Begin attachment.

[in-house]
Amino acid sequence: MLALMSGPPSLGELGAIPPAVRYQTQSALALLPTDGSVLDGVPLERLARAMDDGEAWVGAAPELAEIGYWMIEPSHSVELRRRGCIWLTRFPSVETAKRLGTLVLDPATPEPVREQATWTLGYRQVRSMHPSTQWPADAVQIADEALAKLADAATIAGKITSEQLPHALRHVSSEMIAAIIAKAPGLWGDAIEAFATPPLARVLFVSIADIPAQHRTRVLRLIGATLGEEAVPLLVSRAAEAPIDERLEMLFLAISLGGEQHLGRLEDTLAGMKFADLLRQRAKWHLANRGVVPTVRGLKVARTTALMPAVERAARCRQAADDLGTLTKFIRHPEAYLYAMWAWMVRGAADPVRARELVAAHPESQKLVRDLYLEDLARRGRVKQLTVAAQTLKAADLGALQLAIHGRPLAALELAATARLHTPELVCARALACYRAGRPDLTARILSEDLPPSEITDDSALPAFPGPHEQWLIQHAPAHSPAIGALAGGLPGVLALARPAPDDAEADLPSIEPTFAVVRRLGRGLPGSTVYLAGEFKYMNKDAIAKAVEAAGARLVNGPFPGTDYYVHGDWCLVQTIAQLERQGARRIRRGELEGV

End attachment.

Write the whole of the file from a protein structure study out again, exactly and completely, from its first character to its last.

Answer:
[in-house]
Amino acid sequence: MLALMSGPPSLGELGAIPPAVRYQTQSALALLPTDGSVLDGVPLERLARAMDDGEAWVGAAPELAEIGYWMIEPSHSVELRRRGCIWLTRFPSVETAKRLGTLVLDPATPEPVREQATWTLGYRQVRSMHPSTQWPADAVQIADEALAKLADAATIAGKITSEQLPHALRHVSSEMIAAIIAKAPGLWGDAIEAFATPPLARVLFVSIADIPAQHRTRVLRLIGATLGEEAVPLLVSRAAEAPIDERLEMLFLAISLGGEQHLGRLEDTLAGMKFADLLRQRAKWHLANRGVVPTVRGLKVARTTALMPAVERAARCRQAADDLGTLTKFIRHPEAYLYAMWAWMVRGAADPVRARELVAAHPESQKLVRDLYLEDLARRGRVKQLTVAAQTLKAADLGALQLAIHGRPLAALELAATARLHTPELVCARALACYRAGRPDLTARILSEDLPPSEITDDSALPAFPGPHEQWLIQHAPAHSPAIGALAGGLPGVLALARPAPDDAEADLPSIEPTFAVVRRLGRGLPGSTVYLAGEFKYMNKDAIAKAVEAAGARLVNGPFPGTDYYVHGDWCLVQTIAQLERQGARRIRRGELEGV